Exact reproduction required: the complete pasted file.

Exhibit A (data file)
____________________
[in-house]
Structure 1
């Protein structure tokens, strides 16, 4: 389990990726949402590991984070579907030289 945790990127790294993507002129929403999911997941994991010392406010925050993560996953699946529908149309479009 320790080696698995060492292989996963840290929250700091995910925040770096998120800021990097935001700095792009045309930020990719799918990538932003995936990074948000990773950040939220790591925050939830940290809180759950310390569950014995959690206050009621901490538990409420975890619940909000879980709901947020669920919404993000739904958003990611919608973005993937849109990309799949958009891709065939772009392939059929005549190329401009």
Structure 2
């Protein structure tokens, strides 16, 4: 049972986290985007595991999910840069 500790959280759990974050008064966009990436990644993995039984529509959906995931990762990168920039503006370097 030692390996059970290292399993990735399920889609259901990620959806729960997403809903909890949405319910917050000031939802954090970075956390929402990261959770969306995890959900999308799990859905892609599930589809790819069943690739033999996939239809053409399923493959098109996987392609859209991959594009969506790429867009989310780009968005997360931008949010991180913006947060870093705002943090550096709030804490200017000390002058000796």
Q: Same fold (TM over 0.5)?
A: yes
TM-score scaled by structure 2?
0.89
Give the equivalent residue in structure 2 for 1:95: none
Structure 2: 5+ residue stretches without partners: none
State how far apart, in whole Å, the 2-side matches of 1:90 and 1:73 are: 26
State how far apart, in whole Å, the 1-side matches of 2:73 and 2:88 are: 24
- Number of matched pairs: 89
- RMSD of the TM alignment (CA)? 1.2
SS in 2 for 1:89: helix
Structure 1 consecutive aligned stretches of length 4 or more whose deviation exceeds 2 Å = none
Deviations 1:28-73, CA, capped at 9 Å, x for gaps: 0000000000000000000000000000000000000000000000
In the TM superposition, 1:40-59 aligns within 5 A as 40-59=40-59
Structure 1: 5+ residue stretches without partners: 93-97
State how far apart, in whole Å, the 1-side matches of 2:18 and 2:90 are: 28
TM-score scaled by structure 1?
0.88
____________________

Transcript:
[in-house]
Structure 1
């Protein structure tokens, strides 16, 4: 389990990726949402590991984070579907030289 945790990127790294993507002129929403999911997941994991010392406010925050993560996953699946529908149309479009 320790080696698995060492292989996963840290929250700091995910925040770096998120800021990097935001700095792009045309930020990719799918990538932003995936990074948000990773950040939220790591925050939830940290809180759950310390569950014995959690206050009621901490538990409420975890619940909000879980709901947020669920919404993000739904958003990611919608973005993937849109990309799949958009891709065939772009392939059929005549190329401009």
Structure 2
């Protein structure tokens, strides 16, 4: 049972986290985007595991999910840069 500790959280759990974050008064966009990436990644993995039984529509959906995931990762990168920039503006370097 030692390996059970290292399993990735399920889609259901990620959806729960997403809903909890949405319910917050000031939802954090970075956390929402990261959770969306995890959900999308799990859905892609599930589809790819069943690739033999996939239809053409399923493959098109996987392609859209991959594009969506790429867009989310780009968005997360931008949010991180913006947060870093705002943090550096709030804490200017000390002058000796």
Q: Same fold (TM over 0.5)?
A: yes
TM-score scaled by structure 2?
0.89
Give the equivalent residue in structure 2 for 1:95: none
Structure 2: 5+ residue stretches without partners: none
State how far apart, in whole Å, the 2-side matches of 1:90 and 1:73 are: 26
State how far apart, in whole Å, the 1-side matches of 2:73 and 2:88 are: 24
- Number of matched pairs: 89
- RMSD of the TM alignment (CA)? 1.2
SS in 2 for 1:89: helix
Structure 1 consecutive aligned stretches of length 4 or more whose deviation exceeds 2 Å = none
Deviations 1:28-73, CA, capped at 9 Å, x for gaps: 0000000000000000000000000000000000000000000000
In the TM superposition, 1:40-59 aligns within 5 A as 40-59=40-59
Structure 1: 5+ residue stretches without partners: 93-97
State how far apart, in whole Å, the 1-side matches of 2:18 and 2:90 are: 28
TM-score scaled by structure 1?
0.88